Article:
A change in central banking? - RSA

A change in central banking?


  • Picture of Michael Bryane FRSA
    Michael Bryane FRSA
  • Economic democracy
  • Economics and Finance

As central banks buy stocks and bonds in order to prop up the economy, Bryane Michael FRSA, asks whether this will be effective and whether the Covid-19 crisis could cause a much needed change in central banking?

Central banks around the world have started buying private companies’ stocks and bonds again. The European Central Bank (ECB) Pandemic Emergency Purchase Programme will pump €750 billion into private sector bonds (and other investments). The US Federal Reserve will go so far as to buy ‘junk bonds.’ All this despite highly unpredictable results and questionable legal authority.

In our recent research, we have looked at the effects of central bank purchases of stocks and bonds.  We found that during the last crisis, these purchases helped a few countries such as Panama and Burkina Faso. But the evidence for places like Europe and the US remain far more uncertain. Worse still, such purchases could actual stunt growth, in a way we call a ‘sloth effect.’ Easy money carries predictable consequences and support from banks like the ECB could exacerbate existing problems with existing government spending, rather than make them better.

Yet, for many countries such purchases could solve all kinds of problems. Corruption and inefficiency makes typical government spending leaky. Their central banks actually provide a better chance at getting money out the door than the government. As shown in our study's the figure, some of these governments include Bulgaria and Greece. Greece particularly serves as an interesting example.  Greece has relatively ‘porous’ government institutions (prone to corruption). Yet, its own central bank – an affiliate in the Eurosystem – has relatively strong institutions. The Greek central bank could thus, probably, get the money out the door much more reliably than the Hellenic Republic’s national or sub-national governments. Yet, for that, Greece would need a new central bank law.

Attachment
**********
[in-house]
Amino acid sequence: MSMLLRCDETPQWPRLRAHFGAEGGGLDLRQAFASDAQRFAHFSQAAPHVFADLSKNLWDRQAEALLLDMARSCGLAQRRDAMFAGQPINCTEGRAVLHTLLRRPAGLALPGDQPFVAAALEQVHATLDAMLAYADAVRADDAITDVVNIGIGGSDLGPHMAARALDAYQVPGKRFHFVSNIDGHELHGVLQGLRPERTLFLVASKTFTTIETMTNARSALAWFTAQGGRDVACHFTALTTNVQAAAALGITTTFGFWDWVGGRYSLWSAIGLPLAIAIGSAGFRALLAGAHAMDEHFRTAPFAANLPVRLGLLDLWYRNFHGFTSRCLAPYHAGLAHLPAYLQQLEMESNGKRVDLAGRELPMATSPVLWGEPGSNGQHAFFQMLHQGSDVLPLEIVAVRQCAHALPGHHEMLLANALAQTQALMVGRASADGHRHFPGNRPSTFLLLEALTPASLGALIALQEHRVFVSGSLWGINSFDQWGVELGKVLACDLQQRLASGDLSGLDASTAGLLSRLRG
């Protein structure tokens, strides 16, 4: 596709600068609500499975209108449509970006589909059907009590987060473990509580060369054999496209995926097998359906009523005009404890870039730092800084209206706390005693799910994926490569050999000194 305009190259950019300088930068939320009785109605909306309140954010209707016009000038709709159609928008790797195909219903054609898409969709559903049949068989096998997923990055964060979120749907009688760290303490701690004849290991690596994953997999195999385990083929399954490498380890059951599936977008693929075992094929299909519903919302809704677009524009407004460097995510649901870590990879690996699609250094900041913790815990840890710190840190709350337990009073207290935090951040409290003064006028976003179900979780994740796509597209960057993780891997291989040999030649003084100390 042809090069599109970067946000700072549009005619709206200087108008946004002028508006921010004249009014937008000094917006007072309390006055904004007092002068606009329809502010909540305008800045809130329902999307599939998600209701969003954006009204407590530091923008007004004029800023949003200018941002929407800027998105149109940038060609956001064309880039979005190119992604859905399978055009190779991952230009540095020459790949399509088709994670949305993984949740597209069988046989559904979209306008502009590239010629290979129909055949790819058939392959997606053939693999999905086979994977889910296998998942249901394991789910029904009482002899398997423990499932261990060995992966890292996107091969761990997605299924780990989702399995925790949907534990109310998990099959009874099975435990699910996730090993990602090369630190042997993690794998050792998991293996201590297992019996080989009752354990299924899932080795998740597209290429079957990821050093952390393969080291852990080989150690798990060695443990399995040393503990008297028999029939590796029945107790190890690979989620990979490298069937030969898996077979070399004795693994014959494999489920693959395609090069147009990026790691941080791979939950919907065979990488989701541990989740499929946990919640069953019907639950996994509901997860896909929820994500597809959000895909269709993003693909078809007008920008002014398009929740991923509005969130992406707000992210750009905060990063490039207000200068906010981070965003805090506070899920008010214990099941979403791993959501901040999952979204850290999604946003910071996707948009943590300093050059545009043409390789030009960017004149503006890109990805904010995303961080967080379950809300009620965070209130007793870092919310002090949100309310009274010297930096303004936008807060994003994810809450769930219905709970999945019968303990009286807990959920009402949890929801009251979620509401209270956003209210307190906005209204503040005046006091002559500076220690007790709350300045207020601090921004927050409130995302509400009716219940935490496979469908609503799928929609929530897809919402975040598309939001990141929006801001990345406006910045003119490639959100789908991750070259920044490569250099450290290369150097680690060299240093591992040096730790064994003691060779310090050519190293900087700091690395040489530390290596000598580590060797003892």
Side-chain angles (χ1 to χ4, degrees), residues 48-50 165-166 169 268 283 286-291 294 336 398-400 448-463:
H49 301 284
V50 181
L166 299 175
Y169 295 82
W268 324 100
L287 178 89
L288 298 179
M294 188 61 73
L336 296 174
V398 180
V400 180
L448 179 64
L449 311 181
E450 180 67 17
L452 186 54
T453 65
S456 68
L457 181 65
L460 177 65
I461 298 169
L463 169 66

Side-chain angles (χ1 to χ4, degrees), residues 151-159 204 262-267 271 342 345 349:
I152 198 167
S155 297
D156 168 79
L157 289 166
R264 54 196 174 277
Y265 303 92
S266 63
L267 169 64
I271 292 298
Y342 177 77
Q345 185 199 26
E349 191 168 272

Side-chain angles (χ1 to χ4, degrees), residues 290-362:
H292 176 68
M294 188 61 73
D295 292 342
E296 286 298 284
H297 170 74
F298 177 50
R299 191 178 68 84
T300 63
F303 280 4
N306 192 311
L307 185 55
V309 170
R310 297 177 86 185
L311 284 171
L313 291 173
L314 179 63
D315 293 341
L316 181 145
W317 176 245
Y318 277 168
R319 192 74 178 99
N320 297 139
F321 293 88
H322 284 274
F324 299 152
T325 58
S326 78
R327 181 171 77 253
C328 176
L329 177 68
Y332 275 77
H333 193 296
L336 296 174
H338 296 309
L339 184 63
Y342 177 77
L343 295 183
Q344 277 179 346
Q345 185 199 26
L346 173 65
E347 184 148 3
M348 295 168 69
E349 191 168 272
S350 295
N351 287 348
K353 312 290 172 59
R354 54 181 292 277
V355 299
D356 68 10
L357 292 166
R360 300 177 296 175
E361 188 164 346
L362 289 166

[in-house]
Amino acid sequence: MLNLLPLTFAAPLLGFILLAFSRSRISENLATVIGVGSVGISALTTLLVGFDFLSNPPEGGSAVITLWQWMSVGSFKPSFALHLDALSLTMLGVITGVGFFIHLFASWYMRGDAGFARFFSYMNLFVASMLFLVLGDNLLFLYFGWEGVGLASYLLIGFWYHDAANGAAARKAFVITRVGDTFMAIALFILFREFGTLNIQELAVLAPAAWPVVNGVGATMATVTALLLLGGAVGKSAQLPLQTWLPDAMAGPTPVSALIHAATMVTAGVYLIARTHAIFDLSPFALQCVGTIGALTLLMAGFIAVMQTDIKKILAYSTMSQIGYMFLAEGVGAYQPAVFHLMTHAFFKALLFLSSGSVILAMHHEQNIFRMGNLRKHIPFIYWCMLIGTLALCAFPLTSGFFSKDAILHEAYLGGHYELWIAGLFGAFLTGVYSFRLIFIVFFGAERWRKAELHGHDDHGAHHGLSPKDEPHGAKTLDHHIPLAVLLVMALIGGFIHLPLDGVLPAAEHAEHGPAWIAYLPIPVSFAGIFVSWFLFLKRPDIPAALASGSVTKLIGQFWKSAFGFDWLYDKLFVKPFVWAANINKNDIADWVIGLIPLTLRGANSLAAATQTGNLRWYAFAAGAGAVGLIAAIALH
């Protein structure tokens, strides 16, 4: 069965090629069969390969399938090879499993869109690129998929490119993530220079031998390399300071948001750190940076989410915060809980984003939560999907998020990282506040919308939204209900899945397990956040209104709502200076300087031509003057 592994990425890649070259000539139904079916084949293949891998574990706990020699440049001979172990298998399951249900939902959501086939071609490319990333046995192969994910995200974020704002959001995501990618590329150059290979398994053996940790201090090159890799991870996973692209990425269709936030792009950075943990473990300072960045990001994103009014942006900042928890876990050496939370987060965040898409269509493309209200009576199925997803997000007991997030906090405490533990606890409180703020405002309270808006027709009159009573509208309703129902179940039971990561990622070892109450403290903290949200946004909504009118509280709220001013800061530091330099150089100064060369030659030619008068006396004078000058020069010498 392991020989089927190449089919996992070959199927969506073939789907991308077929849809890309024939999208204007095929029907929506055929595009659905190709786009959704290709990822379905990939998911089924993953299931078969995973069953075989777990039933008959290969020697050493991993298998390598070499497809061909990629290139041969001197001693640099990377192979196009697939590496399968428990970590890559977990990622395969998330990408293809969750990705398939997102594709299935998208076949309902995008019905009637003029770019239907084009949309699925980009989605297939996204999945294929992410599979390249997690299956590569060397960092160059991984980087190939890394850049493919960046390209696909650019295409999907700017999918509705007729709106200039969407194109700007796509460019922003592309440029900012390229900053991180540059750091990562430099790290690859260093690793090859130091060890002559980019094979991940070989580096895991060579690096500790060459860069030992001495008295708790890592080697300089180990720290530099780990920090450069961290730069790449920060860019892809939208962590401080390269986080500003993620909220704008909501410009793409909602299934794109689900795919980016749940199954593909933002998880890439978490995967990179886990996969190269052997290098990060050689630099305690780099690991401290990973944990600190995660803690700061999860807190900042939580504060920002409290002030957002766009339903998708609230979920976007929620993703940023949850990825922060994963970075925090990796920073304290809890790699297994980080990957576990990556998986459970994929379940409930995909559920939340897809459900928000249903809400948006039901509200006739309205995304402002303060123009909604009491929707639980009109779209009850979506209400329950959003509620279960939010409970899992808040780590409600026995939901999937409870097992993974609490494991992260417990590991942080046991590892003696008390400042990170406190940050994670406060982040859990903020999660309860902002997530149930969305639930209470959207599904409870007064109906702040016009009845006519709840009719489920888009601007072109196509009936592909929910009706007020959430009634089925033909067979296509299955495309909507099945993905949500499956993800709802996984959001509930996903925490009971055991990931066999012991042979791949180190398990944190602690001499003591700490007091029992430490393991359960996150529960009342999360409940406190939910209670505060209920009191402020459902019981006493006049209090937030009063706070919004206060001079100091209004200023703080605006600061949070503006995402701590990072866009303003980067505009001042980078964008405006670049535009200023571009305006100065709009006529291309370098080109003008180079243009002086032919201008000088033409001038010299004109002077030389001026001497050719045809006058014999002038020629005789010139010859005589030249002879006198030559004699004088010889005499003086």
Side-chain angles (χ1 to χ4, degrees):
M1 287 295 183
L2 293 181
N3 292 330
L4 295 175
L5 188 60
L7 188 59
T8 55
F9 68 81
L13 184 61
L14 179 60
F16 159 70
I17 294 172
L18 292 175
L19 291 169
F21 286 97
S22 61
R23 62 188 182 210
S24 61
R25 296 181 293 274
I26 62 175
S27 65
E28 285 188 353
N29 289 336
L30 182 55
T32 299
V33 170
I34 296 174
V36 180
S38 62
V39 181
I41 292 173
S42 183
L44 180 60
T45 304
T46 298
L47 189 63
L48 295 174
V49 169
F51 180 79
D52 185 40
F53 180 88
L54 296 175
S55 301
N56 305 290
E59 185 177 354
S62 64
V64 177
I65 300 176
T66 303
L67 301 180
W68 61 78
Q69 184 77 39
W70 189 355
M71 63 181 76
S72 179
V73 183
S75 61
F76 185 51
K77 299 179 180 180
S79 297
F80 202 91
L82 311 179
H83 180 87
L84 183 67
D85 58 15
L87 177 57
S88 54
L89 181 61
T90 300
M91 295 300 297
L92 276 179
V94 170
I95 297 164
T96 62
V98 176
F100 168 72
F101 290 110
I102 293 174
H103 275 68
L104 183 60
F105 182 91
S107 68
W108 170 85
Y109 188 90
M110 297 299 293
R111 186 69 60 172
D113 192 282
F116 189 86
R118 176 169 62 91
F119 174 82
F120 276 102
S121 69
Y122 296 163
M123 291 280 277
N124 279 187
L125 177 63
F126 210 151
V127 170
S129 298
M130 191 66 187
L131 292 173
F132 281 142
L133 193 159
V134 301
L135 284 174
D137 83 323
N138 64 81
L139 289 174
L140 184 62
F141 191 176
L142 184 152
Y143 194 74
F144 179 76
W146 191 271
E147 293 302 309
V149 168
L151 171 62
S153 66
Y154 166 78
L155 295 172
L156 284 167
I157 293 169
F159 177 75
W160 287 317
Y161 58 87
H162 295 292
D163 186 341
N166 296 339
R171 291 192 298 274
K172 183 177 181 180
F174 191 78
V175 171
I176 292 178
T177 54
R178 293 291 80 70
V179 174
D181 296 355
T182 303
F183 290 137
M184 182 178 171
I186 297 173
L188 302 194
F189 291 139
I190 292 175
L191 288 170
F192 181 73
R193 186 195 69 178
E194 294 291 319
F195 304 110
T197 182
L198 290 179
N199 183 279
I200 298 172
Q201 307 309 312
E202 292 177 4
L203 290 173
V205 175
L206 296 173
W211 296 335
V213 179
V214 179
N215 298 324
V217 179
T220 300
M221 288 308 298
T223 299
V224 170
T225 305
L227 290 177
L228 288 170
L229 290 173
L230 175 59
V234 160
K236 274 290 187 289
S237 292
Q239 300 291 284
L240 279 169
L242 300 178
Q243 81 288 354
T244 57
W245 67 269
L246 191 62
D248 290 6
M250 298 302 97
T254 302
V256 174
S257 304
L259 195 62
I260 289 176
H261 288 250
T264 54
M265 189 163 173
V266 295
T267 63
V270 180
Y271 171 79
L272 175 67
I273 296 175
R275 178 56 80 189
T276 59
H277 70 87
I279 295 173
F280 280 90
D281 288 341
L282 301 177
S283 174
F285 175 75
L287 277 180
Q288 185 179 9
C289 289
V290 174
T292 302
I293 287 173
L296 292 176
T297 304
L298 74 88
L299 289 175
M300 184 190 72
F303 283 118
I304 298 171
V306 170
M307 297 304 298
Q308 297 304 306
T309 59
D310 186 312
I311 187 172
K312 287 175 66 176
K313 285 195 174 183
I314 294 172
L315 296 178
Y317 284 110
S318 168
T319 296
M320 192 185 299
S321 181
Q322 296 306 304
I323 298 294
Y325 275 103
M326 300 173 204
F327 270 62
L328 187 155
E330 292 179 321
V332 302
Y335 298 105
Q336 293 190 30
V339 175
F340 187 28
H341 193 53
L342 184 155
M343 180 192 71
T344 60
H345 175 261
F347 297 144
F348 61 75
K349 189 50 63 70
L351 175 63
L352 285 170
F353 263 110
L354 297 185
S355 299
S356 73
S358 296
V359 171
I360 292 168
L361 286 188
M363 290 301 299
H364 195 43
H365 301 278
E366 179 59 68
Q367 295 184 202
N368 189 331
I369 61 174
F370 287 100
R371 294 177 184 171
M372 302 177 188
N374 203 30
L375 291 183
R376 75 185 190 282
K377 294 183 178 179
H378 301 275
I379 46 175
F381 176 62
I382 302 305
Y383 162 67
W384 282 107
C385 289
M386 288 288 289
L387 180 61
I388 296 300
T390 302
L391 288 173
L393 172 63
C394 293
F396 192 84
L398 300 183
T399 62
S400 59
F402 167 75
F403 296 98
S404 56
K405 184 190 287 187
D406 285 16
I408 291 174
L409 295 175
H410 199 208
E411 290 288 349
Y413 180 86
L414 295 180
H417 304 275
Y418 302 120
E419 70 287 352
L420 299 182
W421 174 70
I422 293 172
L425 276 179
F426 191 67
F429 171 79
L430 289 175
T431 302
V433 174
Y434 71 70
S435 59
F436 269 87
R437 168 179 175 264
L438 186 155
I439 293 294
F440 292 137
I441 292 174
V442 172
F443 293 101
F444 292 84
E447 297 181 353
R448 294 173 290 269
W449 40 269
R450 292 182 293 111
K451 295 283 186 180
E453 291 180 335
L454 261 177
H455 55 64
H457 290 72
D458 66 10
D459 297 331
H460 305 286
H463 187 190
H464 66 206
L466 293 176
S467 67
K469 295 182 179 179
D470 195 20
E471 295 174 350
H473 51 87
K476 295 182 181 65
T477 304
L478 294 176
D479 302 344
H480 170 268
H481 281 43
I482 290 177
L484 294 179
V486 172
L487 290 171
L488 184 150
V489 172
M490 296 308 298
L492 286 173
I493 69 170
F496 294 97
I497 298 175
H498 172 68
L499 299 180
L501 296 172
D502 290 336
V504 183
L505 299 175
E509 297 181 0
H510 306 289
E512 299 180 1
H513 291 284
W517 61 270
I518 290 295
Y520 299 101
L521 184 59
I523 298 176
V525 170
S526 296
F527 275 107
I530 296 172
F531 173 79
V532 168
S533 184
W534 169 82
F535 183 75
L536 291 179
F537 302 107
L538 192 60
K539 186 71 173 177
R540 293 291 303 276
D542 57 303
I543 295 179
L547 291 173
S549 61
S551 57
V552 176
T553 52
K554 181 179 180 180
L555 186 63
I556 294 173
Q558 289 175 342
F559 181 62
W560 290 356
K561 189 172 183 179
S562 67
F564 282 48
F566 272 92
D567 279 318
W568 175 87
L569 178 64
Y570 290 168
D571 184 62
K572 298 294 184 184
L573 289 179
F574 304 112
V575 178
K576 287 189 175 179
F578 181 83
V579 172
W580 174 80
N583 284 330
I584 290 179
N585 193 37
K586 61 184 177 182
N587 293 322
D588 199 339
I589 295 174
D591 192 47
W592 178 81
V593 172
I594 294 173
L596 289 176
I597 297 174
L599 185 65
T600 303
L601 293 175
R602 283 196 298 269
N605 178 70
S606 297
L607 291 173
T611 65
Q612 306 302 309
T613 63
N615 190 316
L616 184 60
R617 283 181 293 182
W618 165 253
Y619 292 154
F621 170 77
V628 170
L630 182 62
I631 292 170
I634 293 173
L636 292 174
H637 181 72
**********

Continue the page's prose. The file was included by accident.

Worse still, we find that most countries’ laws do not even really allow for these purchases, at least in principle. We find that both the US and EU relies on a very flimsy legal basis for these purchases. In the US, Article 13 of the Federal Reserve Act contains only a tangential mention of these purchases and many noted legal scholars argue that these purchase remain illegal, under existing rules. The EU faced similar pressures at home from legal scholars there.

In our own study of central banks worldwide, we find that less than 25% have anything resembling an authorisation to buy the private sector’s stocks and bonds. Places like Malaysia and the Philippines have central bank laws that outright forbid any kind of central bank support of private companies’ stocks and bonds. No country has a central bank law explicitly and positively authorising such purchases as an objective of central bank action. Without these statutory authorisations, regulators cannot do their job of making the rulebooks and regulatory guidance that enables their citizens and electorate to discuss how (and why) these purchases should be conducted. 

The Covid-19 crisis represents a good opportunity to review these central bank laws. With interest rates near zero percent worldwide, central banks can hardly keep buying government bonds. More and more ‘unconventional monetary policy’ will involve the purchase of private firms’ stocks and bonds. Yet, no parliament has debated the merits and demerits of these purchases. Few probably even understand them. Yet, parliamentary debate of reforms to central bank laws that would allow for these unconventional monetary policies, would make central banking far more legitimate and able to secure the support of the public.

Maybe central bank law should keep up with the times?

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Bryane Michael, FRSA, works at the University of Hong Kong's Faculty of Law and advises on various EU and UN projects. His background includes teaching economics and management at the University of Oxford, working at the World Bank and OECD. He speaks English, French, Spanish, Russian, Turkish and 500 characters of Mandarin.


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